The country lanes taking us about 15km out of town are full of interesting sights which I try to memorise whenever I am on them.  Roosters strut along the roadside, hens and their flock of chicks run at high speed to get out of our way, bicycles are overloaded with produce in their baskets and on their carriers, children ride bicycles, zebu cattle plough fields, laze in front yards or are led along dusty lanes.  Children shout out “HELLO” excitedly when they see the Barang.  An old lady carrying a pile of firewood on her head.  A man bathing in his underpants at a water tank, throwing water over himself with a plastic pot and waving at me, smiling white teeth through his shining wet skin.  Cows bathing in a small lake amidst water lillies and someone waist-deep in the same lake collecting lotus pods.  So many sights that it is almost impossible to remember them all.  We stopped to talk to the young crippled man again, at his tiny wooden hut and admired the vegetable garden that provides his family with a small income.  Amazingly, when we stopped to see them the other day, he was out in the fields collecting firewood with his young son.  Disability does not stop you from physical labour in this country.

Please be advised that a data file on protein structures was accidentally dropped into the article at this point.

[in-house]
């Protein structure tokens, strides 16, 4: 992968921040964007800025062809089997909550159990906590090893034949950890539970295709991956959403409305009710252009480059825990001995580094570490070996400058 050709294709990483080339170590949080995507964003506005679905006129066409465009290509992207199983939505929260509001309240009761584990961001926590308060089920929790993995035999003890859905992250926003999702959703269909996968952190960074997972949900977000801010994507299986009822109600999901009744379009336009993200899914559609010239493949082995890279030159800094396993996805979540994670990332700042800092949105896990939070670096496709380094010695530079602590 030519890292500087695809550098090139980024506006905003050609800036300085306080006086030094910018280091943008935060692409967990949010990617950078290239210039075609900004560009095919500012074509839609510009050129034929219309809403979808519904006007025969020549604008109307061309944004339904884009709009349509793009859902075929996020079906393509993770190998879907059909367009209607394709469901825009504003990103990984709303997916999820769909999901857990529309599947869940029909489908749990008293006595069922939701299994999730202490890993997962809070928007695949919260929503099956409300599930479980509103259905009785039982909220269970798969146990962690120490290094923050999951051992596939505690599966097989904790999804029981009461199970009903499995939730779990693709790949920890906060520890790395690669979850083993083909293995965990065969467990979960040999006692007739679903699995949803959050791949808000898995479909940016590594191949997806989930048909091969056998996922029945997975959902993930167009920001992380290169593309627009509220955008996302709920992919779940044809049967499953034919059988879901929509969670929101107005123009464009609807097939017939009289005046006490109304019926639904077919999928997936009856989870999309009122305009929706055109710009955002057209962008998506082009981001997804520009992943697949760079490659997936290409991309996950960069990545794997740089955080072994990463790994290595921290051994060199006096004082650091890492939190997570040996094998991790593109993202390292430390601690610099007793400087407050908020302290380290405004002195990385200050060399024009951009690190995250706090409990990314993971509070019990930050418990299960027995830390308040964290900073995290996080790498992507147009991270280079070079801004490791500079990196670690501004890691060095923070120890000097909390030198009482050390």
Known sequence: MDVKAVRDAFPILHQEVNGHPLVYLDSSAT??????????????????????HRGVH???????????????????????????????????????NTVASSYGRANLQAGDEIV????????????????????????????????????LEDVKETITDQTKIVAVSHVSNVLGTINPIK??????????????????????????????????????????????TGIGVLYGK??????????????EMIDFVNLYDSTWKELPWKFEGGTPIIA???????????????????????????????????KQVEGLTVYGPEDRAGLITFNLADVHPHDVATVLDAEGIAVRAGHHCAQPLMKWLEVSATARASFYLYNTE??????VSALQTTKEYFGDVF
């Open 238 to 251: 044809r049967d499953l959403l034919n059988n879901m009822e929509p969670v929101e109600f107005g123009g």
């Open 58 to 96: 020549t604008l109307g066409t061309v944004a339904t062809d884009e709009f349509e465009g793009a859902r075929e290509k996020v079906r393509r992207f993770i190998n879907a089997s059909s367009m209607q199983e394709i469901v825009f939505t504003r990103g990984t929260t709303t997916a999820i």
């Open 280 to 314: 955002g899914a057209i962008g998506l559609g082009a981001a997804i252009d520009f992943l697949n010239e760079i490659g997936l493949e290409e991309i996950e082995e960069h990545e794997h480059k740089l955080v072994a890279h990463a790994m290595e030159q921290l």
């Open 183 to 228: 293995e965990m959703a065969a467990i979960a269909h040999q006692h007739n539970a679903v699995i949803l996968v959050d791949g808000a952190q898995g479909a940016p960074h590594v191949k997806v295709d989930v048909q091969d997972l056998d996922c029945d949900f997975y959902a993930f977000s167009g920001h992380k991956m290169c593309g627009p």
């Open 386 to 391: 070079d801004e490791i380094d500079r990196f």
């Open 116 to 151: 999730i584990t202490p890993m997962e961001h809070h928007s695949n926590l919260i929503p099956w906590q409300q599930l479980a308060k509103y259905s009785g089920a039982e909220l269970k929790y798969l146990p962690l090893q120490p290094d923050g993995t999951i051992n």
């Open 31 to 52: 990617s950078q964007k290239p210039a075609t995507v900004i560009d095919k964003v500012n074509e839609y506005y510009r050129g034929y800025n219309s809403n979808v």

As we arrived at Toilet House, Dara came running, along with dozens of other children all playing around the building site.  He scored the (fake) gold medal which I received as a participant of Sydney’s Spring Cycle Challenge in November.  As I gave it to him, the words on his t-shirt in the middle of a remote Cambodian village really tickled my fancy, particularly because they pretty much express the attitude this little 6yo amputee exudes.  I doubt whoever bought it has any idea what it says, so it’s just an uncanny coincidence!

I'll be famous oneday but for now I'm stuck in middle school with a bunch of morons!
I’ll be famous oneday but for now I’m stuck in middle school with a bunch of morons!